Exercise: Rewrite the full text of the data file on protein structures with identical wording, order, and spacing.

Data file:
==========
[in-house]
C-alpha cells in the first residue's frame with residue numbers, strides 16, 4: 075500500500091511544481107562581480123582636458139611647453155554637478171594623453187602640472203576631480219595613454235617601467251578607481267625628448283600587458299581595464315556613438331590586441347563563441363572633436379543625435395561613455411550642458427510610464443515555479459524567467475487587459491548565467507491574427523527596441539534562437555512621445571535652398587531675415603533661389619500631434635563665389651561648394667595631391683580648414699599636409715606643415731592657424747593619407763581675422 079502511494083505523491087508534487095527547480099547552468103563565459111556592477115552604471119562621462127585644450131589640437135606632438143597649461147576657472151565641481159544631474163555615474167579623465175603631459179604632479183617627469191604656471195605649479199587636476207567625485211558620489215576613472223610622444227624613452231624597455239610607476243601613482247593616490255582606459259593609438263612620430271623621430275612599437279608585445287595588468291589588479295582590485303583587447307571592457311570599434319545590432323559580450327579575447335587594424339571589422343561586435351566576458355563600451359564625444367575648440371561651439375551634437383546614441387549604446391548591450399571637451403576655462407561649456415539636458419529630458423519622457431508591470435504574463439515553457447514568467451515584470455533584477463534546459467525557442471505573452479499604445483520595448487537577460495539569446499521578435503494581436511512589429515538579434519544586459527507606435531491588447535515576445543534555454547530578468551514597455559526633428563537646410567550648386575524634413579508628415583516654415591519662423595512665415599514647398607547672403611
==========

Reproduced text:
[in-house]
C-alpha cells in the first residue's frame with residue numbers, strides 16, 4: 075500500500091511544481107562581480123582636458139611647453155554637478171594623453187602640472203576631480219595613454235617601467251578607481267625628448283600587458299581595464315556613438331590586441347563563441363572633436379543625435395561613455411550642458427510610464443515555479459524567467475487587459491548565467507491574427523527596441539534562437555512621445571535652398587531675415603533661389619500631434635563665389651561648394667595631391683580648414699599636409715606643415731592657424747593619407763581675422 079502511494083505523491087508534487095527547480099547552468103563565459111556592477115552604471119562621462127585644450131589640437135606632438143597649461147576657472151565641481159544631474163555615474167579623465175603631459179604632479183617627469191604656471195605649479199587636476207567625485211558620489215576613472223610622444227624613452231624597455239610607476243601613482247593616490255582606459259593609438263612620430271623621430275612599437279608585445287595588468291589588479295582590485303583587447307571592457311570599434319545590432323559580450327579575447335587594424339571589422343561586435351566576458355563600451359564625444367575648440371561651439375551634437383546614441387549604446391548591450399571637451403576655462407561649456415539636458419529630458423519622457431508591470435504574463439515553457447514568467451515584470455533584477463534546459467525557442471505573452479499604445483520595448487537577460495539569446499521578435503494581436511512589429515538579434519544586459527507606435531491588447535515576445543534555454547530578468551514597455559526633428563537646410567550648386575524634413579508628415583516654415591519662423595512665415599514647398607547672403611